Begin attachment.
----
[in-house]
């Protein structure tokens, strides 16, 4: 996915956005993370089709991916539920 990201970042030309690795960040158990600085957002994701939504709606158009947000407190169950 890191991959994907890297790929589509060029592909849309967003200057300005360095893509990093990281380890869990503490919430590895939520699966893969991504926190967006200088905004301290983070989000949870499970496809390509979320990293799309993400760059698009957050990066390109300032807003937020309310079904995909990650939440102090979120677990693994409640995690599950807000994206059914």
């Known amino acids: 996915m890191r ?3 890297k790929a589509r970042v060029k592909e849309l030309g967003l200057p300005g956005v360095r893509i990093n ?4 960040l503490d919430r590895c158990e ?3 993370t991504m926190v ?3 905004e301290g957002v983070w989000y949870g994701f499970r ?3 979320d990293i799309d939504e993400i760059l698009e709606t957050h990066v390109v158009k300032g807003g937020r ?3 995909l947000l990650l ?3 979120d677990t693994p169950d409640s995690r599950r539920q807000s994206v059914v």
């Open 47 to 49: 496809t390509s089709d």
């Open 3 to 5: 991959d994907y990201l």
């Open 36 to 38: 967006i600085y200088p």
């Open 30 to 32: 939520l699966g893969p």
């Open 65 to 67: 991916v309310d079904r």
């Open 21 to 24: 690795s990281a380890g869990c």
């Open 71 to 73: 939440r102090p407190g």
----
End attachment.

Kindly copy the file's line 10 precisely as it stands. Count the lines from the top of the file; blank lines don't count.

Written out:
């Open 71 to 73: 939440r102090p407190g």